Tag Archives: fish

ChimiTuna Recipe

I love grilling steak and topping it with homemade chimichurri sauce. It’s easy to make and the fresh zesty taste just can’t be beat. Since I usually end up with a little extra sauce the next day, I like using it up on things like a spinach omelette, or layered in a cheese quesadilla.

Chimichurri, MyLastBite.comThe other day I was trying to figure out what to have for lunch and grabbed a package of tuna from my pantry. When I opened the fridge to look for ingredients, I noticed some leftover chimichurri sauce from the night before. Why not mix the tuna and chimichurri? Why hadn’t I tried this before? 

I went ahead and prepped the tuna like I usually do (instructions below), but this time I left out the mayo, mustard and lemon juice. Instead, I mixed in the chimichurri sauce and it was fantastic. I especially liked the lime and the subtle heat of the jalapeno pepper.

Now, when I make chimichurri sauce for steak night, I will definitely make a double batch so I have plenty leftover for a ChimiTuna salad.

For the Tuna Mixture:

1 Package of Albacore Tuna (if using canned, drain first)

1/2 celery stalk, chopped

1 tablespoon capers, rinsed and drained

1/2 small red onion, diced

For the Chimichurri Sauce:

1 cup packed chopped cilantro

1 cup packed chopped Italian parsley

1 clove of garlic

Zest of 1/2 a lime

1/4 cup fresh lime juice

Diced jalapeno chili (how much depends how spicy you like it)

1/4 cup of extra-virgin olive oil (more depending how thick you want the sauce. I like it really thick.)

Salt & Pepper to taste

Add all ingredients into Food Processor and pulse until blended

Makes about 1 cup

Combine and Mix:

After you’ve made the tuna mixture, add chimichurri mix one spoonful at a time until it’s to your liking.

Gently mix, cover tightly and chill in fridge for a few hours (so the flavors can marry). I usually eat it with crispy whole-grain crackers or stuffed in a wheat pita.
ChimiTuna, MyLastBite.com

History of Chimichurri Sauce

Chimituna: Chimichurri & Tuna on Foodista

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Shin Okinawa Izakaya

Unfortunately this restaurant has closed.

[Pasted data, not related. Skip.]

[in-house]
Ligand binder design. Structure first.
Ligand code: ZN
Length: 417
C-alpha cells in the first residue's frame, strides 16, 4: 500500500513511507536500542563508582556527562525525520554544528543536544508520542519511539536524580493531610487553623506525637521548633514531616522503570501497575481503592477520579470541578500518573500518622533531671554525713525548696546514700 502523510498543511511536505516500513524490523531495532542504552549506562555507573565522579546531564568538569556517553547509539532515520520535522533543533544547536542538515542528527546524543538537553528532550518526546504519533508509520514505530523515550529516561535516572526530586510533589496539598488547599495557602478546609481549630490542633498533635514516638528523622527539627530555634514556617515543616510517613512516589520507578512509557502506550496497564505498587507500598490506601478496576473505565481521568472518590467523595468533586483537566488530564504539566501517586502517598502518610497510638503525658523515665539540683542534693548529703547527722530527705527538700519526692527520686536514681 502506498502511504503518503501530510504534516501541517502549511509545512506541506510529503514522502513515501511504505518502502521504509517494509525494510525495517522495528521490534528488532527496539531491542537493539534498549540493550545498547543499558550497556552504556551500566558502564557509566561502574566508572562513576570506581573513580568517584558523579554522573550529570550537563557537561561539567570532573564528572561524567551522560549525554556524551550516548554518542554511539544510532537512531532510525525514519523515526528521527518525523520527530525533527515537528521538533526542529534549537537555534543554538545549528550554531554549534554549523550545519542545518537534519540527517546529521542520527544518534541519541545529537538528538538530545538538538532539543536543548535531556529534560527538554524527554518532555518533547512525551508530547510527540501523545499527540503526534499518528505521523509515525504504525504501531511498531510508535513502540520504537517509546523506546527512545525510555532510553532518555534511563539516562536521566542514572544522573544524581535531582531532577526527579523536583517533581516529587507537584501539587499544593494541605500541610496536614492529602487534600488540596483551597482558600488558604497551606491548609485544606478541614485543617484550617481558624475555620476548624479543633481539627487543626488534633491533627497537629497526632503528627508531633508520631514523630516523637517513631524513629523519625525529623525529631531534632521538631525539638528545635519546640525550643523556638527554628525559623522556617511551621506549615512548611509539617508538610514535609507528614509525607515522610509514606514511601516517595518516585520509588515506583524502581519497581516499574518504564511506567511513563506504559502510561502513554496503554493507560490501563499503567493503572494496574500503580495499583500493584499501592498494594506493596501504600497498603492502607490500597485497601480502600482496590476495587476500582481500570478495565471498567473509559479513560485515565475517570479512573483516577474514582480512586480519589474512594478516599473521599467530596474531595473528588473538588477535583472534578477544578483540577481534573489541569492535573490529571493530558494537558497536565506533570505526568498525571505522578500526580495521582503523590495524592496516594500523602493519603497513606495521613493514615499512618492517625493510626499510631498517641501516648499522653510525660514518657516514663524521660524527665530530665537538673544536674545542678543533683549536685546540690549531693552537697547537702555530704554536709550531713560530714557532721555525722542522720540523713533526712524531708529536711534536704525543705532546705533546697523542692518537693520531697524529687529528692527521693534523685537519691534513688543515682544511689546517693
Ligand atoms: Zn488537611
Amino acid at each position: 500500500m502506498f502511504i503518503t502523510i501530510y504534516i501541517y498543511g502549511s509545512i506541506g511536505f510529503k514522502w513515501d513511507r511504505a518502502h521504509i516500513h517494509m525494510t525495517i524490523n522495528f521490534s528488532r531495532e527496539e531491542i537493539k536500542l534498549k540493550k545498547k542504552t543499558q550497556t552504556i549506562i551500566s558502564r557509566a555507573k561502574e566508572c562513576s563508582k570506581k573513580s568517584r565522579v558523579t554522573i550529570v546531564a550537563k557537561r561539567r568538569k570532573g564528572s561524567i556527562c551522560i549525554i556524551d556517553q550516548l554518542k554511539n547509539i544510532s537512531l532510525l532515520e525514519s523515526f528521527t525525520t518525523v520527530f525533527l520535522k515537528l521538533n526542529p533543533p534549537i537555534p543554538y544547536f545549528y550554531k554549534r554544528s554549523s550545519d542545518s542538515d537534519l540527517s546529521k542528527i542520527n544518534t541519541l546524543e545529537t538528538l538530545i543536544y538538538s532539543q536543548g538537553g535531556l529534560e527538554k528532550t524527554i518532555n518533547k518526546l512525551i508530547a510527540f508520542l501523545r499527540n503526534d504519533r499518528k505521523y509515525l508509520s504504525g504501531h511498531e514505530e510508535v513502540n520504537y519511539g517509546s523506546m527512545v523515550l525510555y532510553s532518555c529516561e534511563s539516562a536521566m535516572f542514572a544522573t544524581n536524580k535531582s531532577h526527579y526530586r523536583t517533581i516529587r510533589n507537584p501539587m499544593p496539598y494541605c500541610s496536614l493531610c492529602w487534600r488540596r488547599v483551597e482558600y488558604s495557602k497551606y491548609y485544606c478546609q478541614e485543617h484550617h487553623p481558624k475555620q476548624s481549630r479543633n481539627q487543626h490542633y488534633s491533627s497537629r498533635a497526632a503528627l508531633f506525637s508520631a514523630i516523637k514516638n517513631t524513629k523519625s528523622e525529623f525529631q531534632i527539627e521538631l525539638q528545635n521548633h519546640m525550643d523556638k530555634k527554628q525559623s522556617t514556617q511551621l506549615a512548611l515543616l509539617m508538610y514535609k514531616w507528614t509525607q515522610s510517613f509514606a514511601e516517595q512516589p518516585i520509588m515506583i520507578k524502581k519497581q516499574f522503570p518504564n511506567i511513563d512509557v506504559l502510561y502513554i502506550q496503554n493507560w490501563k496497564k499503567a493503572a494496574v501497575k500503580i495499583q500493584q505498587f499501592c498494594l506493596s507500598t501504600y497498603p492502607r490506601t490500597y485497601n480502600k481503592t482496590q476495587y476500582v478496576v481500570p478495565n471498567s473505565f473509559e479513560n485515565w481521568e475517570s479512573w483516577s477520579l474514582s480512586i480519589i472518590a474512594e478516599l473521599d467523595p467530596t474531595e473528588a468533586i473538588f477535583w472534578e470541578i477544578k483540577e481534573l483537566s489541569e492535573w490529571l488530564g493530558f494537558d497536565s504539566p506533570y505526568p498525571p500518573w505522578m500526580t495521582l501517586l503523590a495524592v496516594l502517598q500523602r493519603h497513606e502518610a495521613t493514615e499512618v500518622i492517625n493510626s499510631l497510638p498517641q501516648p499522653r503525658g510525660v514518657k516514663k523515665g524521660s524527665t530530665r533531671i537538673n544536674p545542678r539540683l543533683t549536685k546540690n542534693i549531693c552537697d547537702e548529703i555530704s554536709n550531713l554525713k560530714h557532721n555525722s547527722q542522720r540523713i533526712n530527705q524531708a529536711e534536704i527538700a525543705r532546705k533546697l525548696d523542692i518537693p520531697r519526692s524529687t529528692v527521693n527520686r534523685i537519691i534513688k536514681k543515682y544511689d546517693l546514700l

“My Island of Pork”

Pork, for me is not just the “other white meat”. It’s absolutely my favorite meat… be it pork cutlets, pork chops, pork ribs, pork loin, slab bacon, guanciale, pancetta, prosciutto, speck, pig ears, chicharrones,  juicy trotters, pork belly or even SPAM. There is nothing I love more than PIG. 

Dancing with my sister Janet, MyLastBite.comNot surprisingly… my porcine passion is actually a birthright. I was born on Okinawa which is known as the “island of pork” and I don’t remember eating any other meat when I was a child. Fresh fish, yes (my grandmother’s beautiful steamed salmon), but pork was the only “meat” I recall, and when I was hungry and asked my big sister for “RED” meat, I was actually requesting my beloved SPAM*. 

A few weeks ago, my husband Peter and I decided to try Shin Okinawa Izakaya, an Okinawan restaurant in Torrance, CA. I first read about it a few months ago and was hoping to try it with my sister, Janet, and her kids. With everyone’s busy schedules, it hadn’t happened yet.

With my Oba-chan, MyLastBite.comPeter and I had an early evening reservation and as we walked in the door, the smells coming from the kitchen along with the Okinawan music instantly made me feel like I was back in Koza… with my sweet, little Oba-chan (grandma).

In the ladies’ room, there were huge, red hibiscus flowers painted on the wall. I had to take a photo of it for my sister. In Okinawa we had beautiful hibiscus trees on the side of our house and our mother used to wear the flowers behind her ear. Janet and I loved to pluck out the center stem piece and suck out the sweet juices. I thought the painting in the bathroom was a good start for the evening. “Ok they get it. Hibiscus means ‘Okinawa’.”

Hibiscus in the Benjo! MyLastBite.com

After sitting down at our table, we ordered an Okinawan beer called “Orion”. It’s funny how something as simple as a bottle of beer can make you smile. Three simple words printed on the bottle, “Brewed in Okinawa” meant that maybe I was a little bit closer to my island of pork.

Dinner was wonderful. Of course our table was monopolized by pork, but the best food memory that hit me was when I bit into a purple potato. That really took me back to my Oba-chan’s kitchen. I got  a little teary and wished my sister was there with me, but then I remembered that Janet does NOT like pork. She loves Okinawan purple potatoes, seafood and poultry but she does not share my obsession with pig. I just laughed while I tucked into a bowl of delicious shredded pigs ear. I’ll bring her back next time for some tasty chicken skin or monkfish liver!

Itadakimasu! (Let’s eat!) aka…
What we ordered and LOVED:
Grilled Tebichi, MyLastBite.com  Grilled Tebichi
(Pork Feet) $8

Andansu, MyLastBite.com Andansu
(Pork Meat & Miso) $5.50

Okinawan Kimchi, MyLastBite.com  Okinawa Kimchi
(Shredded Pig’s Ear) $5

Hamachi Kama, MyLastBite.com  Hamachi Kama
(Grilled Yellowtail Collar) $12

Suku Garasu, MyLastBite.com Suku Garasu
(Baby Pickled Fish & Okinawa Tofu) $6

Tori no Kara-age, MyLastBite.com  Tori no Kara-age
(Fried Chicken With Okinawa Ponzu) $7

Takoyaki, MyLastBite.com Takoyaki
(Octopus Balls and Shaved Bonito) $5.50

Fried Mimi Ga (Shredded Pigs Ear) $6.75

So-ki Soba (Pork Ribs) $8.75

Raftei (Simmered Pork Belly) $8

Beni Imo Dango, MyLastBite.com
Beni Imo Dango (Deep-fried purple sweet potato balls rolled in Sesame) $6.75

http://www.ShinOkinawaIzakaya.com

Entrance, MyLastBite.com
1880 W. Carson Street Suite #A
Torrance, California, 90501
(310) 618-8357

Dining date: 11/23/08

About Okinawa

*My Beloved SPAM

For PORK Lovers

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Filed under Eating Out, Food Stories (written by me)